Professional Reference articles are designed for health professionals to use. They are written by UK doctors and based on research evidence, UK and European Guidelines. You may find the Rectal Bleeding (Blood in Stool) article more useful, or one of our other health articles.
Treatment of almost all medical conditions has been affected by the COVID-19 pandemic. NICE has issued rapid update guidelines in relation to many of these. This guidance is changing frequently. Please visit https://www.nice.org.uk/covid-19 to see if there is temporary guidance issued by NICE in relation to the management of this condition, which may vary from the information given below.
The passage of blood per rectum is a very common symptom. It is often attributed by patients to haemorrhoids and these are a common cause of this symptom. However, there are other causes and it is important to know what the possible causes are and when and how to investigate this symptom further.
The type and amount of the bleeding as well as the age of the patient are important in initial assessment of the bleeding. There are many causes of rectal bleeding and the likely aetiology depends on the age of the patient and the frequency of the underlying diseases in a given population.
Rectal bleeding always warrants further assessment and medical advice. It is essential to make appropriate referrals, ie to the right specialist team and with the correct degree of urgency.
For details on rectal bleeding in children see the separate Rectal Bleeding in Children article.
- Rectal bleeding is a very common symptom. It occurs in adults of all ages.
- The 1-year prevalence in adults is about 10% in the UK. Most of this will not be reported.
- The majority of cases of rectal bleeding are due to benign causes, particularly haemorrhoids and anal fissures. However, there are many other possible causes, some of which are sinister. In particular the cause to be excluded is colorectal cancer.
It is difficult to obtain accurate figures for the relative frequency of the different causes of rectal bleeding. Studies have differing results according to population demographics, patient selection, size of study and other confounding factors. However, it is essential to understand the aetiology, as this shapes the investigations, management and ultimately the likely outcome.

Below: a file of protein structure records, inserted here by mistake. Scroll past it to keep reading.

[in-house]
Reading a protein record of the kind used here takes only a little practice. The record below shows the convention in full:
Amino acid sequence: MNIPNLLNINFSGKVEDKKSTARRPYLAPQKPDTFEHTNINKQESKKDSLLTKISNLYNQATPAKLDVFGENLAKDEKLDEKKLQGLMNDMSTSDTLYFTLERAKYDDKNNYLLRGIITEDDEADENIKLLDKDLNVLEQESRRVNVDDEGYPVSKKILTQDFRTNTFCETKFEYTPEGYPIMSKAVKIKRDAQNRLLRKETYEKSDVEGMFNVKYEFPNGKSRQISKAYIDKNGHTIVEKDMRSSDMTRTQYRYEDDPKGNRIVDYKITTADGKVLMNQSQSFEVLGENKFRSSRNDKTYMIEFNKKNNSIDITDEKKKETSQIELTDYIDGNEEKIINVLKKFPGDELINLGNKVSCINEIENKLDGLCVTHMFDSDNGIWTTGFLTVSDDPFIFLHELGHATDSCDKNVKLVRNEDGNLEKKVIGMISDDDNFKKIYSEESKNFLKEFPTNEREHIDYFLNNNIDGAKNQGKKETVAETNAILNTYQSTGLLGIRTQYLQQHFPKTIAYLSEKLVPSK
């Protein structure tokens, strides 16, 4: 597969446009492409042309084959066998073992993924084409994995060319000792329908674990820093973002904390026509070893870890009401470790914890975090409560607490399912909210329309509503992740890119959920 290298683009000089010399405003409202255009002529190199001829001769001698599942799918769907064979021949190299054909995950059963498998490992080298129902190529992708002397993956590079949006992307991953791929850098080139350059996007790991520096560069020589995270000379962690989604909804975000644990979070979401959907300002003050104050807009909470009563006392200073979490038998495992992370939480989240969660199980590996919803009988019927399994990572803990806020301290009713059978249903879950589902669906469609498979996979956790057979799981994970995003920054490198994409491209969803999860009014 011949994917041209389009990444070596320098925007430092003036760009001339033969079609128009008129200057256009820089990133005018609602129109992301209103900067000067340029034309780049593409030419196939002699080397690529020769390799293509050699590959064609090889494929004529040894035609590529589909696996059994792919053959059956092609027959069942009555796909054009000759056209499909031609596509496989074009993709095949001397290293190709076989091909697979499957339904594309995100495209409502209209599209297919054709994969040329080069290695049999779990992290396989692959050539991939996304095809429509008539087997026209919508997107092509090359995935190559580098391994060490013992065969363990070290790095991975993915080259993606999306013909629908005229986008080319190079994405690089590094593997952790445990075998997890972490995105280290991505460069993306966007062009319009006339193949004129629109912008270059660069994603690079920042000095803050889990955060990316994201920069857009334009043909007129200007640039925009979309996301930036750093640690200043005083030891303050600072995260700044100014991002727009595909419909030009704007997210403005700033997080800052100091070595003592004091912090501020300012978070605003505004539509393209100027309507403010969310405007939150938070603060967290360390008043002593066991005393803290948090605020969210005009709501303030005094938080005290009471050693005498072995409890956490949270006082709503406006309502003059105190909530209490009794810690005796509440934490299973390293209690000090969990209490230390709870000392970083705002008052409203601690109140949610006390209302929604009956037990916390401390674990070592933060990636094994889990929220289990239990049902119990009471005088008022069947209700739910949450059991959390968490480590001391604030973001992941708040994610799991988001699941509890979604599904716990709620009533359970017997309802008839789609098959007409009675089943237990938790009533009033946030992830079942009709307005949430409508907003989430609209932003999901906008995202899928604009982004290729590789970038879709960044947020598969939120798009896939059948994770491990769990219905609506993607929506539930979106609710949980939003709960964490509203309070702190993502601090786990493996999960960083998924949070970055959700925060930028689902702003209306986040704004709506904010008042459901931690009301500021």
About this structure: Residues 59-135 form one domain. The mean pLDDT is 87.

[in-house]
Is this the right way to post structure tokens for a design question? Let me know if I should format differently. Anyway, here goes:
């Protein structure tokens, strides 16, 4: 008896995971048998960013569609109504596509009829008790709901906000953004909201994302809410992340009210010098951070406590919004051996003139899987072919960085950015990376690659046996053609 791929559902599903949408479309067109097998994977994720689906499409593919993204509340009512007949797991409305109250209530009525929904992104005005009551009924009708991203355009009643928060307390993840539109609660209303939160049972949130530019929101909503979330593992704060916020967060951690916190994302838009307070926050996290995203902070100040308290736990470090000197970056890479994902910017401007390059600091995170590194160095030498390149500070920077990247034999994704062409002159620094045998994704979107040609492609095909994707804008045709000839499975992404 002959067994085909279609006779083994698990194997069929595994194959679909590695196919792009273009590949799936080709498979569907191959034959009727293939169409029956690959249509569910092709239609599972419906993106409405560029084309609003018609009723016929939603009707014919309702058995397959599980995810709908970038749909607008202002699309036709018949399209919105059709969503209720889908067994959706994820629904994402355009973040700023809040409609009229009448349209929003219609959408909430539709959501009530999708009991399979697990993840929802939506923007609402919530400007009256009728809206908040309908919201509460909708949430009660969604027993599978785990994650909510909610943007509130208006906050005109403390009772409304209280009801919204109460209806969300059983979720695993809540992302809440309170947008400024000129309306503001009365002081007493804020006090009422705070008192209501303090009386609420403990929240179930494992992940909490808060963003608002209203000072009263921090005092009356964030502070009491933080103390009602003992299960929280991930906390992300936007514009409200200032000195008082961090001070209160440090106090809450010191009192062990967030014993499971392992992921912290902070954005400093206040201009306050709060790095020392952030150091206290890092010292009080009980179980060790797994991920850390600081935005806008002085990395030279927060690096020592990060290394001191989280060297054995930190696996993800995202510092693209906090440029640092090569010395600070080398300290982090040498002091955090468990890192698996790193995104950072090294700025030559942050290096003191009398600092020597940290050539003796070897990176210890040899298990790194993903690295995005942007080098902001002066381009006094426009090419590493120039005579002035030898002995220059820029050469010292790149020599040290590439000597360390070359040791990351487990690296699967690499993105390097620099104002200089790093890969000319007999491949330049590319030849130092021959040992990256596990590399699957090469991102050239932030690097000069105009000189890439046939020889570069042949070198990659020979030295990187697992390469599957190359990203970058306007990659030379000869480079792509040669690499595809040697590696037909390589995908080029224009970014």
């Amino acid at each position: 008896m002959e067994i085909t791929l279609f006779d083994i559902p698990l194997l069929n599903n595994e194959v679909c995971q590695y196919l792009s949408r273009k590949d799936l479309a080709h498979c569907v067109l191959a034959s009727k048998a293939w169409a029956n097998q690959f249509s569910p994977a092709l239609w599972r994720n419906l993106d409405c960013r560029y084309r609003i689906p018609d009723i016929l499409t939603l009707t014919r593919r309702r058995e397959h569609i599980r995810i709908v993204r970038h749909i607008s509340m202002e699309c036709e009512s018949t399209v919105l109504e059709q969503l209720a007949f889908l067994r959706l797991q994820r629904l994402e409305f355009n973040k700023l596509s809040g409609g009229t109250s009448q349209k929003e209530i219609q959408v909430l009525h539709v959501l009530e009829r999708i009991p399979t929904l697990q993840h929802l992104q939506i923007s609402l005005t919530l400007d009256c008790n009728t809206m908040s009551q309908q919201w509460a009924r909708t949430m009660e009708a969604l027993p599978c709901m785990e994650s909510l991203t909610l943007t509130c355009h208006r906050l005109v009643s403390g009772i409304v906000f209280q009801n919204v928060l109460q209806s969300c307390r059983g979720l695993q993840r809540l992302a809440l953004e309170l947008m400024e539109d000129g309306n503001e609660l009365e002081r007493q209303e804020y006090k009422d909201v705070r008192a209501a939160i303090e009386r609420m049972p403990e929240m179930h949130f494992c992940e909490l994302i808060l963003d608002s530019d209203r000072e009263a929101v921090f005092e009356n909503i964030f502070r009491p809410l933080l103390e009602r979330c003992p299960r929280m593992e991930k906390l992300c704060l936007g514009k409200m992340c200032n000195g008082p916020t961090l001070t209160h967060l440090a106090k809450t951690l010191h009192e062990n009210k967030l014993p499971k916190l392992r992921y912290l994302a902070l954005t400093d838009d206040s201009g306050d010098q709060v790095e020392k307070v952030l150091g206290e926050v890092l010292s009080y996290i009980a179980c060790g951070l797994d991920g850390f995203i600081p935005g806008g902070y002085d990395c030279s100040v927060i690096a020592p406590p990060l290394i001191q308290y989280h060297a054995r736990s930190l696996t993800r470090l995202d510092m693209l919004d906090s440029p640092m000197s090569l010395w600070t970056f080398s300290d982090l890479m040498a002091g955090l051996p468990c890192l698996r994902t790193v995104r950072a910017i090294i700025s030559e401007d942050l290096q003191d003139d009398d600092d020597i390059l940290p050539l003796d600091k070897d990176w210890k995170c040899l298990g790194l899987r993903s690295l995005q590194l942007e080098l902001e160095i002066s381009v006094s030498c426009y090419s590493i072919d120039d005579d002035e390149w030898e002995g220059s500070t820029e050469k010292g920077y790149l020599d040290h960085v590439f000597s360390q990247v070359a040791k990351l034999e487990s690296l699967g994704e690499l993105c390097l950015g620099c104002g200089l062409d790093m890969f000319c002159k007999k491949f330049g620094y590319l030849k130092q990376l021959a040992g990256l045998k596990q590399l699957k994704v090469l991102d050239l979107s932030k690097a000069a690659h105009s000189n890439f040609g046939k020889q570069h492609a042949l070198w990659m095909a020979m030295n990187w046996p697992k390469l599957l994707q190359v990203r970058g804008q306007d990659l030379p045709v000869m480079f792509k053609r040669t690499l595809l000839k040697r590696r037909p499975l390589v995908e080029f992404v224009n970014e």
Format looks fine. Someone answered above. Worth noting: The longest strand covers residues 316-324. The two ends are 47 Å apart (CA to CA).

The age of the patient gives a clue to aetiology and as a result forms a part of referral guidelines (see below). Those under the age of 30 presenting with rectal bleeding are more likely to have haemorrhoids, an anal fissure or inflammatory bowel disease. For those over the age of 50, there should be a higher suspicion of colorectal cancer. It should, however, not be forgotten that nearly one third of rectal cancer patients are younger than 55 years of age.
Common causes of rectal bleeding
- Benign anorectal disease:
- Anal fissure.
- Diverticular disease.
- Inflammatory bowel disease:
- Colonic polyps.
- Colorectal or anal cancer.
Less common causes of rectal bleeding
- Infectious gastroenteritis.
- Arteriovenous malformation (angiodysplasia).
- Massive upper gastrointestinal (GI) bleeding.
- Radiation proctitis.
- Ischaemic colitis (mesenteric vascular insufficiency).
- Solitary rectal ulcer.
- Dieulafoy's lesion of small or large bowel.
- Meckel's diverticulum (in adults less often than children).
- Rectal varices.
- GI tract invasion of non-GI tract malignancy.
- Trauma (possible sexual abuse).
- Sexually transmitted infections.
In assessing rectal bleeding it is important to identify important presenting features as these can give clues to the likely aetiology and severity of bleeding. It is, for example, important to assess the amount of bleeding. There are three classifications according to the amount of bleeding:
- Occult bleeding - presenting with anaemia.
- Moderate bleeding - presenting with rectal bleeding (fresh or dark), or melaena in a patient who is haemodynamically stable.
- Massive bleeding - presenting with large amounts of blood passed rectally (may be dark but often fresh).
There may be:
- Shock with systolic blood pressure below systolic 90 mm Hg.
- Initial drop in haematocrit and haemoglobin less than 6 g/dL.
- Requirement for transfusion of two units of blood or more.
- Persistence of bleeding for more than three days.
- Significant re-bleeding within a week.
Massive lower GI bleeding requires urgent admission.
Important details to elicit include:
- The quantity and nature of bleeding:
- Fresh bright red blood usually comes from low down in the GI tract. Examples include fissures and haemorrhoids.
- Bright red blood, however, can also occur with pathology higher in the GI tract.
- Blood mixed in with the stool has usually originated higher in the GI tract.
- The quantity of blood is very difficult to assess from the history but it is important to obtain a description from the patient. Indirect measures of the severity of bleeding are helpful.
- Unexplained weight loss.
- Change in bowel habit (both frequency of defecation and consistency of stool) must be recognised.
- Tenesmus. May be a feature (for example, with fissures).
- Anal symptoms - eg, soreness or pain may occur with fissures, itching with piles.
- Family history of bowel cancer or polyposis.
- Past medical history. Careful documentation with particular reference to causes of bleeding and GI tract pathology. Any history of trauma should not be overlooked.
- Medication history. This may identify causes of bleeding (for example, warfarin and aspirin).
- General features. Look for:
- Pallor or anaemia.